A Look Back: Donald Trump’s local road to victory

A Look Back: Donald Trump’s local road to victory

MYRTLE BEACH, SC (WMBF) - Some have called it the most surprising upset in American history - billionaire businessman Donald Trump's defeat of Hillary Clinton to take the highest office in November's election.

WMBF News covered the local visits on Trump's unprecedented road to the White House.

"These are great people, amazing people, they love their country," said Donald Trump in Myrtle Beach back in January 2015.

There was no announcement of the presidential run there, but Trump certainly made his presence known at the Tea Party Convention.

Nearly five months later, Trump made the announcement, with plenty to say. He blasted professional politicians as incompetent negotiators who've allowed America to be outmaneuvered by countries such as China.

"We're tired of nice people, not nice people. You know what we're really tired of? Stupid people," Trump said.

In November 2015, Trump made his way back to the Grand Strand, this time, to the Myrtle Beach Convention Center before a crowd of roughly 8,000 people.

The rally was high energy. Even then, Trump focused on the polls.

"In Florida, I guess I'm around 32. Rubio went past Bush. I mean, it's not really hard to do, right," he said.

In his hour-and-20-minute speech, Trump also hit on all the big issues - foreign policy, immigration, jobs and taxes.

"My plan - I'm cutting middle income. I'm cutting taxes, middle class people," Trump said. "We have a problem in this country. It's so unfair."

By February 2016, with the momentum gaining just before the South Carolina primary, Trump headed to Florence.

"We're a debtor nation, we owe $19 trillion. Trillion. No one even knows what the hell trillion means," he said.

His comments on immigration and Muslims drew harsh criticism, especially from his Democratic challengers. Trump would return to the Grand Strand two weeks later, right before the primary, where a WMBF News reporter asked him what he'd do to help locals.

"So many of my friends came to me because I have so many friends down here and they said, 'You've got to do something about I-73,' and I said 'We'll take care of it,'" he said.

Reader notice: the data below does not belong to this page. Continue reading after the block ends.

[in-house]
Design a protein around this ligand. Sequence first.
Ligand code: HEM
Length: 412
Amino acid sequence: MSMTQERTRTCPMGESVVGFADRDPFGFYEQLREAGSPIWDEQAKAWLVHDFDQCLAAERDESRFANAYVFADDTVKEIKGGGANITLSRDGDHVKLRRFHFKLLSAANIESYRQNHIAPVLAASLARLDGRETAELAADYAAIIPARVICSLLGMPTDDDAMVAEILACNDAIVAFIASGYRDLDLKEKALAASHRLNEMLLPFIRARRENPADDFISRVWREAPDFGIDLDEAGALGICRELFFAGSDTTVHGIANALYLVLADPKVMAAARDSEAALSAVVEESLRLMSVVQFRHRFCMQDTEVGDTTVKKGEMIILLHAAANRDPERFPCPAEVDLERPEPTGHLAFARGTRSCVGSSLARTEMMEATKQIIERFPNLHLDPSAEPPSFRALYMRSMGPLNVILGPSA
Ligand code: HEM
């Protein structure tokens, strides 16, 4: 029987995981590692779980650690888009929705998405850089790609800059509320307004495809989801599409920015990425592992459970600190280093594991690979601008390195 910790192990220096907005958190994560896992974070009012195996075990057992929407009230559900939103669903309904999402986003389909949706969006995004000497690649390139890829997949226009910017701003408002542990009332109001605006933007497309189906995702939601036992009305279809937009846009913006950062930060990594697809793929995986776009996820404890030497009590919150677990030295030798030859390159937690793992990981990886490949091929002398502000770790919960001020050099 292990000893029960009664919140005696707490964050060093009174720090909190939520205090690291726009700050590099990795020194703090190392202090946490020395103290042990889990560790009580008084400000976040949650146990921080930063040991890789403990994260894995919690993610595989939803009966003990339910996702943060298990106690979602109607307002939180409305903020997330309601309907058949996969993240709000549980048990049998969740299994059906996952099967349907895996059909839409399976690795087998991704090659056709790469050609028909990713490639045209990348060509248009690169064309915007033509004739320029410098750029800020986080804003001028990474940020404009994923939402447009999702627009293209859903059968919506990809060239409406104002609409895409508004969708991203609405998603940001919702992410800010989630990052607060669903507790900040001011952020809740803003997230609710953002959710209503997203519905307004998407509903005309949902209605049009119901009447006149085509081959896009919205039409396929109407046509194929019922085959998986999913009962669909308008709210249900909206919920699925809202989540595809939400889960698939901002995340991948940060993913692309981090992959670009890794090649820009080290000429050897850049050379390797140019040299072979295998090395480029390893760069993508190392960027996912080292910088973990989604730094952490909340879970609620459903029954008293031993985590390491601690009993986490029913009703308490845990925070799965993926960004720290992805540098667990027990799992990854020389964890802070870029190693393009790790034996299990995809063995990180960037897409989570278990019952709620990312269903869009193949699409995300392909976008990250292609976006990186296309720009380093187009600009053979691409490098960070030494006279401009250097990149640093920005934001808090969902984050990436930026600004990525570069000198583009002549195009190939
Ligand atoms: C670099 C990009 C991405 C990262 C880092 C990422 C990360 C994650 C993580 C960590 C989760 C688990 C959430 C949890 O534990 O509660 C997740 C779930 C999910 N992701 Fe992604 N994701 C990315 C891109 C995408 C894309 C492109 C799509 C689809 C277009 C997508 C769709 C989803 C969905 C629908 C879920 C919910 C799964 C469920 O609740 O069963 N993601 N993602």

Also, Trump spoke about offshore drilling.

"Frankly, if we don't have to do it, I say it's wonderful because there's so much oil right now. It's great, but we don't want to do anything to hurt the coast. But at the same time, I'm a very, very big man for the drilling, so I'm going to take a look at it very carefully. Hopefully, I will make the people from South Carolina very, very proud in a couple of years as president. It's something that's very important to me," he said.

A Trump and Clinton primary win in South Carolina set up their overall nominations and a vicious campaign battle for president.

Trump also responded to the 2005 released recording where he's heard making lewd comments about women. He apologized, calling it locker-room talk. Clinton apologized for using her personal email server.

WMBF News brought viewers extended team coverage of the election, with reporters at the Republican and Democratic watch parties.

The race was too close to call the 11 p.m., newscast on election night  It would be hours later before Trump declared victory, baffling his challengers and becoming the first president without any government or military experience.

Trump and running mate Mike Pence will be sworn into office as president and vice president on Jan. 20. The president-elect selected S.C. Gov. Nikki Haley to become ambassador to the UN.

Haley has said she voted for Trump in November, despite endorsing Marco Rubio in the primary.

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